Tritton Wireless NAS
Those who need extra storage capacity but aren't keen on adding more wires to an already crowded desktop can go wireless with Tritton Technologies' WiFi NAS. The marriage of an 802.11g access point and a 120GB or 200GB hard drive, the device should be the perfect complement to any home or small-office network. Its uses include archiving files, backing up computers, and distributing Web access. But its price tag is steep, particularly in light of the drive's inflexible operation and lack of up-to-date security options. We suggest that you consider our Editors' Choice, the Buffalo LinkStation, which lacks a wireless interface but has a print server and other useful features that the Tritton WiFi NAS lacks.
Inside the stylish black-and-silver case of the Tritton WiFi NAS is an off-the-shelf 7,200rpm hard drive. But with only 2MB of hardware cache, the drive is hardly equipped for high performance. The enclosure, which is so large that it should have been able to hold two drives, can sit horizontally or vertically with the included base. It wobbles, however, and its front-mounted cooling fans mar an otherwise appealing design. Large, bright LEDs show diagnostics, drive activity, network action, and whether the drive is full.
As far as its wireless capabilities go, the Tritton WiFi NAS can communicate with 802.11b and 802.11g clients. It relies on 64- or 128-bit WEP encryption, not the latest WPA security protocol. Tritton plans to update the WiFi NAS by the end of the year with WPA, multimedia features, and wireless-client capability. Further out on the horizon, Tritton is considering using the WiFi NAS as an FTP server.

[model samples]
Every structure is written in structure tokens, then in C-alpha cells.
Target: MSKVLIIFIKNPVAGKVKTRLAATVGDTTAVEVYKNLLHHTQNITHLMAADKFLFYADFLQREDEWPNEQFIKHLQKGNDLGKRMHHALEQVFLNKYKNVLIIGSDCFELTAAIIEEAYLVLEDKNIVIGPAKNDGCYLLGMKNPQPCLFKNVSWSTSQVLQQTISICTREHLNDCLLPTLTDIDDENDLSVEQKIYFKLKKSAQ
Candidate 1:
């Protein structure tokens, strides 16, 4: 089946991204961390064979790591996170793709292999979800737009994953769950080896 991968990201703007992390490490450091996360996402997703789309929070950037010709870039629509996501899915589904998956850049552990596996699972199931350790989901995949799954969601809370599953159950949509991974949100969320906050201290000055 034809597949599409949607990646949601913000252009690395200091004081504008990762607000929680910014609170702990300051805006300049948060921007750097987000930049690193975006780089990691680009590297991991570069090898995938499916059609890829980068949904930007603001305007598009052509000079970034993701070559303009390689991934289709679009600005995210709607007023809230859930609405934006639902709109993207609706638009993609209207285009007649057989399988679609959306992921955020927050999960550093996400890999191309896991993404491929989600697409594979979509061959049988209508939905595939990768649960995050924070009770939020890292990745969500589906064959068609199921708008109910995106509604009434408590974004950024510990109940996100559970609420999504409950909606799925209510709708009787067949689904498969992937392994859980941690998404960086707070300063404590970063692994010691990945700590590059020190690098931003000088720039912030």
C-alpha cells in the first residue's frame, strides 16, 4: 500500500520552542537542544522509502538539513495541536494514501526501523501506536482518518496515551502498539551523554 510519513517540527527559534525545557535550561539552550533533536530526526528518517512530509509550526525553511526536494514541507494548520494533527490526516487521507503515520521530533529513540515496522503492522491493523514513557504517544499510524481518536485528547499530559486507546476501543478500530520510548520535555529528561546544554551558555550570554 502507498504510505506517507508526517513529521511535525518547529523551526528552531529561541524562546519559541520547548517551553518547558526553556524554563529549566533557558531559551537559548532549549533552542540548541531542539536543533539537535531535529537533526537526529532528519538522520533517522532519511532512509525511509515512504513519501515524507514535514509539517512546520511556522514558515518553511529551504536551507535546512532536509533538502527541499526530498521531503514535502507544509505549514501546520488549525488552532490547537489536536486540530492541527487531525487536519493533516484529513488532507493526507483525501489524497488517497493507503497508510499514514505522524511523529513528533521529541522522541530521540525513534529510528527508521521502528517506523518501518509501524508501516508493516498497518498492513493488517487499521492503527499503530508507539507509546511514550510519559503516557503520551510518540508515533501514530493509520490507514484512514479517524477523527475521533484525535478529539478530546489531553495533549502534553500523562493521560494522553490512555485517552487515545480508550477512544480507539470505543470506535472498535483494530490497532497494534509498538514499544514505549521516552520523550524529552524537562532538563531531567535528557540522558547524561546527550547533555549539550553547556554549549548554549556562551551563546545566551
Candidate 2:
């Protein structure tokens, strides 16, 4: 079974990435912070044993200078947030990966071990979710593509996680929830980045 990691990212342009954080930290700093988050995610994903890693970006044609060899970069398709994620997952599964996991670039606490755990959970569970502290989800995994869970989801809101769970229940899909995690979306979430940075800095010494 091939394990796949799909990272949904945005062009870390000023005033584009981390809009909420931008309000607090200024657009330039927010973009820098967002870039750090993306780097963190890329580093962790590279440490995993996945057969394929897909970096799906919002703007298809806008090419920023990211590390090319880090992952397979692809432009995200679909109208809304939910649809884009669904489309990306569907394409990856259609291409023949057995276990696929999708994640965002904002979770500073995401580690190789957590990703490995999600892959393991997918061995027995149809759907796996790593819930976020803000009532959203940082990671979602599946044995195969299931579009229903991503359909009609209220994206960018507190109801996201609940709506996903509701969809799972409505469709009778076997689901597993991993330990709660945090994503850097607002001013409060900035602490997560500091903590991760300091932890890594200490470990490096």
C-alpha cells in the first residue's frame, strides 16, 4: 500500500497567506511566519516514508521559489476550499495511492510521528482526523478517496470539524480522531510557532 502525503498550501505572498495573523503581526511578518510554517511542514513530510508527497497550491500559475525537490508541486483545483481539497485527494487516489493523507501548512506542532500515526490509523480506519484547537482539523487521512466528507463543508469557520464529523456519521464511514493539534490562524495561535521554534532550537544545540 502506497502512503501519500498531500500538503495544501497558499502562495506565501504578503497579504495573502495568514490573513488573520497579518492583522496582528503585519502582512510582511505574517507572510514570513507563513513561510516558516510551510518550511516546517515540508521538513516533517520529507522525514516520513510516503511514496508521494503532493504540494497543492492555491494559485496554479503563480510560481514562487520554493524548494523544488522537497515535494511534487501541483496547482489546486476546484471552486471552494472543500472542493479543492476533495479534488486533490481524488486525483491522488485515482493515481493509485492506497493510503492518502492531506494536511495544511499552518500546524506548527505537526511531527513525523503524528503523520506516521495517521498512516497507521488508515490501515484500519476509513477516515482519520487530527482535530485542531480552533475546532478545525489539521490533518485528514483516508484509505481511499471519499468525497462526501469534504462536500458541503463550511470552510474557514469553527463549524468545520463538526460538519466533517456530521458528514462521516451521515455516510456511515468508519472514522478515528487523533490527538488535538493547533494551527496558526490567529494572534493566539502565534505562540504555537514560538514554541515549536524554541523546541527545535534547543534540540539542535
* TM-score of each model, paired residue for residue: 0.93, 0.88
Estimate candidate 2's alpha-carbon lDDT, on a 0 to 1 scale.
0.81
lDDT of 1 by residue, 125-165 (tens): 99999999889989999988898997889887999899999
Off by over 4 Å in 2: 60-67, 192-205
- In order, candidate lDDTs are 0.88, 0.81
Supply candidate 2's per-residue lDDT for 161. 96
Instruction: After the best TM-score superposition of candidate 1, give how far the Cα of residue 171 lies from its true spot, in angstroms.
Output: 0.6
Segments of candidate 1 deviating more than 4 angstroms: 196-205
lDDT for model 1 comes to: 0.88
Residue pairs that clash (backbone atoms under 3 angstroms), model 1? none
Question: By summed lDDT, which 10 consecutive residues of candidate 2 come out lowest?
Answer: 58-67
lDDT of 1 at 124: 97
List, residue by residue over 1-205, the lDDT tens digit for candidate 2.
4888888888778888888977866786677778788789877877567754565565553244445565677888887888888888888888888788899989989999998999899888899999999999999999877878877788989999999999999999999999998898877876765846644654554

Setting up the WiFi NAS is quick and easy: plug in the included AC adapter, make contact wirelessly via a Wi-Fi notebook or a desktop computer, and map the drive. The device comes with two CDs that hold the detailed 50-page manual and the included software bundle. After loading the required software, the 120MB drive on our test unit yielded 112,412MB of usable space and was ready for use by any computer running Windows 2000, Windows XP, or Mac OS X or higher. Rather than using FAT16, FAT32, NTFS, or another popular formatting scheme, the WiFi NAS relies on the Linux-based EXT3 partitioning format. The software misplaces its formatting command in the Reset section of the interface. While you can reformat the drive as NTFS, you can't adjust cluster size or allocation units.
Software sets the Tritton WiFi NAS apart from the crowd with GenieSoft's Backup Manager Pro 5.0 Lite, which copies files and can rebuild a problem computer. Backup Manager Pro 5.0 Lite is difficult to get started and less intuitive than Retrospect or the Microsoft-licensed Veritas software. The file manager, called One File, adds the ability to copy open files and schedule unattended backups. The backed-up files can be secured with up to 256-bit AES encryption. In our informal tests, the WiFi NAS backed up our IBM ThinkPad R50 in 53 minutes and 35 seconds. It read and wrote a variety of file types at 9.3Mbps and 10.6Mbps, respectively, only slightly slower than a USB drive connected to Linksys's Wi-Fi-based. It can simultaneously dole out MP3 music to four clients while sending video to another. The Wi-Fi access point has a reasonable indoor range of 100 feet.
Tritton's WiFi NAS comes with an industry-standard one-year warranty, but it's a step behind the three-year coverage that Linksys, Netgear, and Belkin provide for their networking products. Aside from 24/7 toll-free phone support for as long as you own the product, the company offers an efficient e-mail response system. We were on the phone with tech support within one minute, and we received a reply to our e-mail query within 24 hours. In addition to FAQs and troubleshooting help, the company's Web site has downloadable manuals, software and firmware upgrades, and an excellent online chat option--the people who work it are smart and quick with answers.